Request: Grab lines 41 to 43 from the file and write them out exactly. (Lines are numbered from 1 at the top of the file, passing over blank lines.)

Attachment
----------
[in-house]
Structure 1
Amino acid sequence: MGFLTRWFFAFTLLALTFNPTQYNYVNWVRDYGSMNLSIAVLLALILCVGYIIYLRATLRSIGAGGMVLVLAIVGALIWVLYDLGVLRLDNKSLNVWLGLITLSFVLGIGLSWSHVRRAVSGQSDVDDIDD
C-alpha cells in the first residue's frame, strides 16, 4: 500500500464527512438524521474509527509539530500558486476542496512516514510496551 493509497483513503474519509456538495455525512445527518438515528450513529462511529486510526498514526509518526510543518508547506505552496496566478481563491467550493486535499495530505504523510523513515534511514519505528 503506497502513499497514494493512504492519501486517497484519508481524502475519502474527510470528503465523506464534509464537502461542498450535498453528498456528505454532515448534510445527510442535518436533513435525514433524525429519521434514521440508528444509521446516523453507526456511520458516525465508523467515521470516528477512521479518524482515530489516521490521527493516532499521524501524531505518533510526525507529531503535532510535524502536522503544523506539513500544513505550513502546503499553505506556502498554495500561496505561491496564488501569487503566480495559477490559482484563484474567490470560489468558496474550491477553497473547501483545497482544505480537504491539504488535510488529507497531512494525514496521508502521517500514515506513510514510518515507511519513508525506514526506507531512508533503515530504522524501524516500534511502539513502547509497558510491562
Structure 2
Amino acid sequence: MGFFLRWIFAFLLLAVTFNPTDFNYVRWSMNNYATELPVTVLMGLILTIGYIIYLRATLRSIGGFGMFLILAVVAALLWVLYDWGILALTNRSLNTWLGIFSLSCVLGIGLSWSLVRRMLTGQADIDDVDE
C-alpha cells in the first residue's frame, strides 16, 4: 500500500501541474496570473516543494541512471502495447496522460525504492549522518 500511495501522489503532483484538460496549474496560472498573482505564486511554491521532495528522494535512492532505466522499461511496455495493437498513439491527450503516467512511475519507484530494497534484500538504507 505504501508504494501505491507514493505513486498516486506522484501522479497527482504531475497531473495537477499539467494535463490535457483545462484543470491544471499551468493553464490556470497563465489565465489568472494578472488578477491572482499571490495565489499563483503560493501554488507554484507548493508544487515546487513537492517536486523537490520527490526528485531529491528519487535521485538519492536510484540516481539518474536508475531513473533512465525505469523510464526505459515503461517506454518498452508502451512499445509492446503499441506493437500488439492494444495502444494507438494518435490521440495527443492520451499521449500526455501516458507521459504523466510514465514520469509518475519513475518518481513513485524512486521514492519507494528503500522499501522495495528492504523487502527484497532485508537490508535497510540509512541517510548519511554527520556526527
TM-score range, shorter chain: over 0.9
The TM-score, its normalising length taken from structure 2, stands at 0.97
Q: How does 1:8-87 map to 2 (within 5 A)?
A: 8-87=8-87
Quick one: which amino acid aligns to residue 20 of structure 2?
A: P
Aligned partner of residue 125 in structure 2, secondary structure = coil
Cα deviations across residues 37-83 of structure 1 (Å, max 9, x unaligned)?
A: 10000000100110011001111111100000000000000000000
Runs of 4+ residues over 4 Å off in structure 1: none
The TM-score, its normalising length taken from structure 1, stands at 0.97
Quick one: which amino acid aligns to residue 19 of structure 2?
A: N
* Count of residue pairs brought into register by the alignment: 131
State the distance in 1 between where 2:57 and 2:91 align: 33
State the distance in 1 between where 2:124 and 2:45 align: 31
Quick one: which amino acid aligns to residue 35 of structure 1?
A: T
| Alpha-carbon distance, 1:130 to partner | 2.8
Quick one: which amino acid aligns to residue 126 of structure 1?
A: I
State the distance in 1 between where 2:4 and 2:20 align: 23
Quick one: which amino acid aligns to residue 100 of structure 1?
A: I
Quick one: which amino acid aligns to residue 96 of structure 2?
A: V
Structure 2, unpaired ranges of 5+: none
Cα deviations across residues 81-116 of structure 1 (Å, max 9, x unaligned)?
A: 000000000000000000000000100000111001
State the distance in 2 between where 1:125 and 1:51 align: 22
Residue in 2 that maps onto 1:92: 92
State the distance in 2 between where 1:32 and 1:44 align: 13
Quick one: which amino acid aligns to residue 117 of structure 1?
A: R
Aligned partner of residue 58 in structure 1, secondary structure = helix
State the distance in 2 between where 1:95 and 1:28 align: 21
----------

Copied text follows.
A: R
Aligned partner of residue 58 in structure 1, secondary structure = helix
State the distance in 2 between where 1:95 and 1:28 align: 21